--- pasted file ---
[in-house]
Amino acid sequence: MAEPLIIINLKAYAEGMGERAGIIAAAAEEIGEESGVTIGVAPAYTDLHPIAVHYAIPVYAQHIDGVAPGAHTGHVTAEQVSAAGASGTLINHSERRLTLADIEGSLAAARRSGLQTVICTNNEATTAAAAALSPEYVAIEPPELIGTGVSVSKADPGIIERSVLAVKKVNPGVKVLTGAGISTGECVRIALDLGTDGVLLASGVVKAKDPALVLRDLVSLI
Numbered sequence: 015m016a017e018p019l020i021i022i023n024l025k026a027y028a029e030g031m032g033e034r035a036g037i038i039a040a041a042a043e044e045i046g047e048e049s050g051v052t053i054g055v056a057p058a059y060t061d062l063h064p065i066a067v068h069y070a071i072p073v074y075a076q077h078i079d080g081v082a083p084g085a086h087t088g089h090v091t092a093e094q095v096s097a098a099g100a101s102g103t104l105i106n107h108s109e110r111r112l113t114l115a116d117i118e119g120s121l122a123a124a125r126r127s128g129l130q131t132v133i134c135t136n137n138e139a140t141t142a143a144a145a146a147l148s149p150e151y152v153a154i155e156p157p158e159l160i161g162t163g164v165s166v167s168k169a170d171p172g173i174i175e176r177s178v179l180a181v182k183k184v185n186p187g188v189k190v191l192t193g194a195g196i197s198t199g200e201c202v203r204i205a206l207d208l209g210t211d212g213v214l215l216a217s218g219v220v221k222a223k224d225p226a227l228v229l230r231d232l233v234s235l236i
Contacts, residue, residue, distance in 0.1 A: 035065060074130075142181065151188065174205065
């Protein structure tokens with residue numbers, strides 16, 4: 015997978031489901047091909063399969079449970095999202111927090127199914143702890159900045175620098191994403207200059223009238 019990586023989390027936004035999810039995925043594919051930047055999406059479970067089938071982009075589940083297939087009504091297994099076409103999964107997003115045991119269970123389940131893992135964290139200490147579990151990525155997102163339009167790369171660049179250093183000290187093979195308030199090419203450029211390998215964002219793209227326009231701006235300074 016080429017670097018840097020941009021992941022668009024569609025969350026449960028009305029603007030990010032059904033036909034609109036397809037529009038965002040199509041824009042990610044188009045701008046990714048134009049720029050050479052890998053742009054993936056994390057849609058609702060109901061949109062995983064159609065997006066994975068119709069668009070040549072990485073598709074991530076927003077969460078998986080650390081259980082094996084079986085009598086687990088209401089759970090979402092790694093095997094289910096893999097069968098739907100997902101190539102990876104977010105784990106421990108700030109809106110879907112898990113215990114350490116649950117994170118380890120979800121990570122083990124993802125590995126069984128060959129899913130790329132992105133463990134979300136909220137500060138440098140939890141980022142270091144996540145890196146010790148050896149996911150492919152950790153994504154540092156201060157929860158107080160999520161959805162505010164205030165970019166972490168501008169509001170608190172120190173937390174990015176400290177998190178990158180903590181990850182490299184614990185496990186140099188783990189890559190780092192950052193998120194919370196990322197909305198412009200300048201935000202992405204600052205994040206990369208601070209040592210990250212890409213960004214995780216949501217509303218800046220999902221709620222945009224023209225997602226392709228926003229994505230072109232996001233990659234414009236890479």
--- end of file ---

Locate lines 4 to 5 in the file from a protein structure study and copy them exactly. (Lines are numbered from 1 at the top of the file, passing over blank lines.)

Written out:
Contacts, residue, residue, distance in 0.1 A: 035065060074130075142181065151188065174205065
């Protein structure tokens with residue numbers, strides 16, 4: 015997978031489901047091909063399969079449970095999202111927090127199914143702890159900045175620098191994403207200059223009238 019990586023989390027936004035999810039995925043594919051930047055999406059479970067089938071982009075589940083297939087009504091297994099076409103999964107997003115045991119269970123389940131893992135964290139200490147579990151990525155997102163339009167790369171660049179250093183000290187093979195308030199090419203450029211390998215964002219793209227326009231701006235300074 016080429017670097018840097020941009021992941022668009024569609025969350026449960028009305029603007030990010032059904033036909034609109036397809037529009038965002040199509041824009042990610044188009045701008046990714048134009049720029050050479052890998053742009054993936056994390057849609058609702060109901061949109062995983064159609065997006066994975068119709069668009070040549072990485073598709074991530076927003077969460078998986080650390081259980082094996084079986085009598086687990088209401089759970090979402092790694093095997094289910096893999097069968098739907100997902101190539102990876104977010105784990106421990108700030109809106110879907112898990113215990114350490116649950117994170118380890120979800121990570122083990124993802125590995126069984128060959129899913130790329132992105133463990134979300136909220137500060138440098140939890141980022142270091144996540145890196146010790148050896149996911150492919152950790153994504154540092156201060157929860158107080160999520161959805162505010164205030165970019166972490168501008169509001170608190172120190173937390174990015176400290177998190178990158180903590181990850182490299184614990185496990186140099188783990189890559190780092192950052193998120194919370196990322197909305198412009200300048201935000202992405204600052205994040206990369208601070209040592210990250212890409213960004214995780216949501217509303218800046220999902221709620222945009224023209225997602226392709228926003229994505230072109232996001233990659234414009236890479």